Plastic surgery has come a long way from its early days, when it was actually fairly taboo. Nowadays, it’s become a much more accepted practice, and doesn’t carry the same stigma that it once did.
But, in a time when it’s okay to talk about it, we should be asking ourselves: How should we talk about it?
Helpful etiquette tips to know when a friend has had some work done.
Etiquette guru Mary Mitchell, a columnist for Reuters and a recent facelift patient, recently wrote some guidelines for what to do and say, or not do and say, to friends, family, or co-workers who might have had some work done.
Most people’s first instinct, to come outright and just ask them if they underwent cosmetic surgery, is definitely not the way to go.
“It’s incredibly rude to come out and ask about it,” says Mitchell. “Wait for them to tell you. If it’s really obvious, give the person an opening, like ‘Gee, you look great. What’s your secret?’ And say that without sarcasm.”
Of course, lots of people these days are more open about undergoing a cosmetic procedure, so you may not have to wait long – they might be eager to spill the beans and tell you all about it, especially if they’re feeling empowered by the results. Furthermore, telling someone about it can actually be beneficial to recovery.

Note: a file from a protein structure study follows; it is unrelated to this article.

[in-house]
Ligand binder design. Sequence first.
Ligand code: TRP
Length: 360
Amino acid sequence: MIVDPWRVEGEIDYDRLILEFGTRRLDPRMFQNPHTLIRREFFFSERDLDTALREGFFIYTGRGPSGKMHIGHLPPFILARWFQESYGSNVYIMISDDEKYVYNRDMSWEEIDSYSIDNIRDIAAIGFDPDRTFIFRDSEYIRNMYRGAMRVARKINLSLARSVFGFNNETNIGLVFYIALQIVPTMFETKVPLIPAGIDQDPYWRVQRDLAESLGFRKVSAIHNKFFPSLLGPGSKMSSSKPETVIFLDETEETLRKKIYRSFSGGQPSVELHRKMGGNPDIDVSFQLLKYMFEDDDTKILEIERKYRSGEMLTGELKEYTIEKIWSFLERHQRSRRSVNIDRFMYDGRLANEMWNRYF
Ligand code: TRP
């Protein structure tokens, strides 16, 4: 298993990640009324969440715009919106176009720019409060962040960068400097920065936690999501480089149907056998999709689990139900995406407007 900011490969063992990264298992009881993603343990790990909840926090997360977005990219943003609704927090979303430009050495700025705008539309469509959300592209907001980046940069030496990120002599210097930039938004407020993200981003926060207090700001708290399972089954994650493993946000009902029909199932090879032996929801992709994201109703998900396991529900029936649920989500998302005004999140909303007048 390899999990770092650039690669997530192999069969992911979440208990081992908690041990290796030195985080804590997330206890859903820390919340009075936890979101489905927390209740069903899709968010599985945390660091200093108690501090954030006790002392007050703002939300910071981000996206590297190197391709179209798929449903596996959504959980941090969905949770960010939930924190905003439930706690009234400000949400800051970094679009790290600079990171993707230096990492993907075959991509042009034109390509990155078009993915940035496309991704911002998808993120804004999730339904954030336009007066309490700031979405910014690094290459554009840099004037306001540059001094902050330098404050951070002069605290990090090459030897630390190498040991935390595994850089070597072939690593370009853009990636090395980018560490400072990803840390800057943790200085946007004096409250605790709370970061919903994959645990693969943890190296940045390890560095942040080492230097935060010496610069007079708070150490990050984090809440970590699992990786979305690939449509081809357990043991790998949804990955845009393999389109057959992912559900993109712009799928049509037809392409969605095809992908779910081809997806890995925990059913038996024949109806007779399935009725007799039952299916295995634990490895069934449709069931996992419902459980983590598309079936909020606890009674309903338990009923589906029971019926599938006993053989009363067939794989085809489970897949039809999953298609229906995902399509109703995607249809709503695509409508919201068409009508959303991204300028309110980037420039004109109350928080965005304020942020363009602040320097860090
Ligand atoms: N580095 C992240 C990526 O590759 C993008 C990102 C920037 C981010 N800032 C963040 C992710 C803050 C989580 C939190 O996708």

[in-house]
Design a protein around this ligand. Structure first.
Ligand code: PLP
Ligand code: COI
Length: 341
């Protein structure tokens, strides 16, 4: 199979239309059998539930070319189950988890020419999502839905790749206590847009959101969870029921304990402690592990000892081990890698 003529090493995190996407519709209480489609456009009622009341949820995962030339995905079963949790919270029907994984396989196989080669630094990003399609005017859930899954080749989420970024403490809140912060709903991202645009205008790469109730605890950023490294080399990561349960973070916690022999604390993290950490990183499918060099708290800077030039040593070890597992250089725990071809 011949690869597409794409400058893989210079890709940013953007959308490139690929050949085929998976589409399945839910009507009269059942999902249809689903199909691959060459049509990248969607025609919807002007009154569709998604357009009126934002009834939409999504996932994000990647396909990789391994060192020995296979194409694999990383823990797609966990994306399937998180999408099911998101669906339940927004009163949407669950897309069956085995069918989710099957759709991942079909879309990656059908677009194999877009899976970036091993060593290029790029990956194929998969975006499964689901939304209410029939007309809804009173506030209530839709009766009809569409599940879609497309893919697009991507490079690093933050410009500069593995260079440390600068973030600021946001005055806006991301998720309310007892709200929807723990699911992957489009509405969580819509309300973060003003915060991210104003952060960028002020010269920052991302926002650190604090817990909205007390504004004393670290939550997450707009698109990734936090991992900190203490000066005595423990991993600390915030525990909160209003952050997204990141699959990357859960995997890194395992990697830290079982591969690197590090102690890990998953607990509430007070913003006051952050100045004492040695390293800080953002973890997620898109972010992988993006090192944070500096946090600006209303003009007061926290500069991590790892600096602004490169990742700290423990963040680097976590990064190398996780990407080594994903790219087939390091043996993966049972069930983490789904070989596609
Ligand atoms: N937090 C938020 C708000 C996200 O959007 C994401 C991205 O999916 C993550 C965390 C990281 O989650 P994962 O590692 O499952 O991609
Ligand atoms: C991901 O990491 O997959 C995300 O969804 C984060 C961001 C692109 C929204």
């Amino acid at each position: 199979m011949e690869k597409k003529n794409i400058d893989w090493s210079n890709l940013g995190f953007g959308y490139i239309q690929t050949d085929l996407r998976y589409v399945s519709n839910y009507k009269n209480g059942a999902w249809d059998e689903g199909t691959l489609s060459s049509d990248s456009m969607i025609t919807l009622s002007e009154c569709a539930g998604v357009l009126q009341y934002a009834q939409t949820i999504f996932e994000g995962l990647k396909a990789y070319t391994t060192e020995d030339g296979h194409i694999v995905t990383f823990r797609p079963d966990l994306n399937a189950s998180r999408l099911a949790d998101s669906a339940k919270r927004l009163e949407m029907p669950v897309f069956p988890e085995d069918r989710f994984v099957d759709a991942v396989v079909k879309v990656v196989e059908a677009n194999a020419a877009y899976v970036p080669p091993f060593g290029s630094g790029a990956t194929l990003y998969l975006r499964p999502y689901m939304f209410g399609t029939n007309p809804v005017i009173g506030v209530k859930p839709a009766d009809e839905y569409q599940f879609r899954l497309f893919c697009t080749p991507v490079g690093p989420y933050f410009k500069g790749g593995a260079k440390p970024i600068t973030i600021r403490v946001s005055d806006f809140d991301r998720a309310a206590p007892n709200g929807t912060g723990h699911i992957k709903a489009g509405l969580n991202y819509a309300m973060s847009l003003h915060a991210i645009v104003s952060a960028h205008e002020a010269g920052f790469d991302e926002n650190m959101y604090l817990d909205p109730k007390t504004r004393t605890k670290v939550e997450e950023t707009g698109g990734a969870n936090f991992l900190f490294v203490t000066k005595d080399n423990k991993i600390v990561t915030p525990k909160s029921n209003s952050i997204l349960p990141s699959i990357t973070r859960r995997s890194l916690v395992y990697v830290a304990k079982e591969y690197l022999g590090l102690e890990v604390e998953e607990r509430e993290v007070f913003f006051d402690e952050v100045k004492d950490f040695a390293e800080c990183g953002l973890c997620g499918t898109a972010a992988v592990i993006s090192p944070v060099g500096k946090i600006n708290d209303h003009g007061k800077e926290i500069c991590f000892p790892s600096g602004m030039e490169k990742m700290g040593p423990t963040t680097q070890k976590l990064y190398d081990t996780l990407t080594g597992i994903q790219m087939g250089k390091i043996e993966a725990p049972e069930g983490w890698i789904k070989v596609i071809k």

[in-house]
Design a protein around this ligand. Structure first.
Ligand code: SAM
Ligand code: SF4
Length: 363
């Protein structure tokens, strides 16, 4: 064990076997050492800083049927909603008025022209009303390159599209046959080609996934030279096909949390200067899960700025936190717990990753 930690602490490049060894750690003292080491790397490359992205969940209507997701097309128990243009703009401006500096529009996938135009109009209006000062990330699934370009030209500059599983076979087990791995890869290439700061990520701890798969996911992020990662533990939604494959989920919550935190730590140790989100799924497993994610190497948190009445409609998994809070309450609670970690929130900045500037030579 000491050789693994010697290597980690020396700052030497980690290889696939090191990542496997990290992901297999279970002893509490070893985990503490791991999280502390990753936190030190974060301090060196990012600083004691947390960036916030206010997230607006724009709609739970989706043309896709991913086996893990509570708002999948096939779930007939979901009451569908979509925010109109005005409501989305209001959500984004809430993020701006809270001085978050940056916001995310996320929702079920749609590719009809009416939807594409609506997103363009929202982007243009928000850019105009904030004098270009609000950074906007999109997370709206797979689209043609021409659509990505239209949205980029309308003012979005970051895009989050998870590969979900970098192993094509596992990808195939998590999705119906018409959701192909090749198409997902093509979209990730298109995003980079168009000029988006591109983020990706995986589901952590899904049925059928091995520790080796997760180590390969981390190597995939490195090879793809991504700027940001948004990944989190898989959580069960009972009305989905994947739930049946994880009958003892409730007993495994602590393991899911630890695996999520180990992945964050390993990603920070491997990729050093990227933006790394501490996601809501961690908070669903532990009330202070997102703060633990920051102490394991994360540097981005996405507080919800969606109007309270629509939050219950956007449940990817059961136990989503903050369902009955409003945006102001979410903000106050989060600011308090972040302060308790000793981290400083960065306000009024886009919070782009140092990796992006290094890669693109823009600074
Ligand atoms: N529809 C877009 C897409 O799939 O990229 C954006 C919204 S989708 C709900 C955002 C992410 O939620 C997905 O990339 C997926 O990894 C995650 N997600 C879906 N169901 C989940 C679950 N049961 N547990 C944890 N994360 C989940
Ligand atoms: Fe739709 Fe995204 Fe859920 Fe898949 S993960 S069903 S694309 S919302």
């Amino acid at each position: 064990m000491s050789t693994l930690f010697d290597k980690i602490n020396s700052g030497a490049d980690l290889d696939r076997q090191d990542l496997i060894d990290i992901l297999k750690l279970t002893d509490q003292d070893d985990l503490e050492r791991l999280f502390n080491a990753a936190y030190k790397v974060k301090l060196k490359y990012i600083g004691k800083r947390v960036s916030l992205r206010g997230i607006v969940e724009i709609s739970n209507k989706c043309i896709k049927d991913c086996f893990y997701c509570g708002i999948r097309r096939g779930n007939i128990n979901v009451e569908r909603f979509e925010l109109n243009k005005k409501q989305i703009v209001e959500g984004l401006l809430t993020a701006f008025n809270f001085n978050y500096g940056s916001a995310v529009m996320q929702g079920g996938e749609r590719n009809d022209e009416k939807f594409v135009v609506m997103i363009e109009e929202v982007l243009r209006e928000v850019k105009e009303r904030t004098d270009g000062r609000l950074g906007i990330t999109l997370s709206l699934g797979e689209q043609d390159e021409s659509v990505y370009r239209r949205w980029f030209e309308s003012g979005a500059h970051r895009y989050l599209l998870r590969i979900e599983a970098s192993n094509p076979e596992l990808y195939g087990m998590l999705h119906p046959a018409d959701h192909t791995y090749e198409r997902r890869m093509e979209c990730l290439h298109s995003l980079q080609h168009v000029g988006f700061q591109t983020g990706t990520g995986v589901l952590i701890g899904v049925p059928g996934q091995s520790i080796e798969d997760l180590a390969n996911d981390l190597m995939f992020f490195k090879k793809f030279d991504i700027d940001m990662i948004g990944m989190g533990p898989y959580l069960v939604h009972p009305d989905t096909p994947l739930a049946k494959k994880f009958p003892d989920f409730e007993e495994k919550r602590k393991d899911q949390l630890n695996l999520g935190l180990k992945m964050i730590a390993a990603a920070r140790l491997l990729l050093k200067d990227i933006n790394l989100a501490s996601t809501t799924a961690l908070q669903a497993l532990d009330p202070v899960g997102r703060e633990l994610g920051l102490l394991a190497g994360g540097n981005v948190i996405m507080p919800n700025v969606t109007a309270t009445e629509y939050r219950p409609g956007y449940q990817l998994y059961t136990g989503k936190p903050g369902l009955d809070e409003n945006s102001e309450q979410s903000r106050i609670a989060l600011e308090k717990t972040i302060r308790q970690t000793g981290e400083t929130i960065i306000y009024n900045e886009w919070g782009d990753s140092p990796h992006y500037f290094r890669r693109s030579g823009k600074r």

Remember – this is surgery we’re talking about, and surgery is hard on your body, not to mention the emotional and mental stress you might experience afterwards. You’re going to want or even need a support person (or people) for that first week at least, to help you through the rough patches and offer support.
If you’re such a friend, don’t worry about the aesthetic results of the surgery right away – instead, ask how they’re feeling.
“Get your judgments out of the way, and ask the person how they are doing,” Mitchell said. “People forget that this is surgery. The person has undergone something traumatic to his or her body. Be solicitous about their health first.”
So, when someone you know has undergone surgery, cosmetic or otherwise, remember to try and be tactful and supportive, and to consider their well-being more than how their results turned out. After all, isn’t that more important, anyway?